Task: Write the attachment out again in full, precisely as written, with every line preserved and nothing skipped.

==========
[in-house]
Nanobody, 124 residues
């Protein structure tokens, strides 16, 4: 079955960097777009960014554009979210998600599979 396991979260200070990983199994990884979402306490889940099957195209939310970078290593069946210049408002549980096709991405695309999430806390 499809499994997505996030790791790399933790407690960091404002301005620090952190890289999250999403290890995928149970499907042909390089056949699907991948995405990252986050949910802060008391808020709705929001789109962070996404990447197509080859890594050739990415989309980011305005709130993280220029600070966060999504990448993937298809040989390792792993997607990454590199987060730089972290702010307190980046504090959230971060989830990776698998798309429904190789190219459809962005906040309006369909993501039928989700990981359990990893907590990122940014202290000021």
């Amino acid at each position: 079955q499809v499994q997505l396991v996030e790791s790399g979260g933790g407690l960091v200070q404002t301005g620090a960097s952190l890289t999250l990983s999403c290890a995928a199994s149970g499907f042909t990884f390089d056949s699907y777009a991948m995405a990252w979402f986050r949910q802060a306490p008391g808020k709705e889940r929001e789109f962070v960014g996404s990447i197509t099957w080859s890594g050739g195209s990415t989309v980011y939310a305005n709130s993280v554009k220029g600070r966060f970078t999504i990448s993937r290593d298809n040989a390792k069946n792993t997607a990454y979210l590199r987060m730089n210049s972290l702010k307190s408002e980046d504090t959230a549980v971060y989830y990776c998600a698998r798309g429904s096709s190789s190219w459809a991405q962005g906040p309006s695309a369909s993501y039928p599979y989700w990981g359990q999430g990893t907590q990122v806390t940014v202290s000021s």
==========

[in-house]
Nanobody, 124 residues
């Protein structure tokens, strides 16, 4: 079955960097777009960014554009979210998600599979 396991979260200070990983199994990884979402306490889940099957195209939310970078290593069946210049408002549980096709991405695309999430806390 499809499994997505996030790791790399933790407690960091404002301005620090952190890289999250999403290890995928149970499907042909390089056949699907991948995405990252986050949910802060008391808020709705929001789109962070996404990447197509080859890594050739990415989309980011305005709130993280220029600070966060999504990448993937298809040989390792792993997607990454590199987060730089972290702010307190980046504090959230971060989830990776698998798309429904190789190219459809962005906040309006369909993501039928989700990981359990990893907590990122940014202290000021």
């Amino acid at each position: 079955q499809v499994q997505l396991v996030e790791s790399g979260g933790g407690l960091v200070q404002t301005g620090a960097s952190l890289t999250l990983s999403c290890a995928a199994s149970g499907f042909t990884f390089d056949s699907y777009a991948m995405a990252w979402f986050r949910q802060a306490p008391g808020k709705e889940r929001e789109f962070v960014g996404s990447i197509t099957w080859s890594g050739g195209s990415t989309v980011y939310a305005n709130s993280v554009k220029g600070r966060f970078t999504i990448s993937r290593d298809n040989a390792k069946n792993t997607a990454y979210l590199r987060m730089n210049s972290l702010k307190s408002e980046d504090t959230a549980v971060y989830y990776c998600a698998r798309g429904s096709s190789s190219w459809a991405q962005g906040p309006s695309a369909s993501y039928p599979y989700w990981g359990q999430g990893t907590q990122v806390t940014v202290s000021s």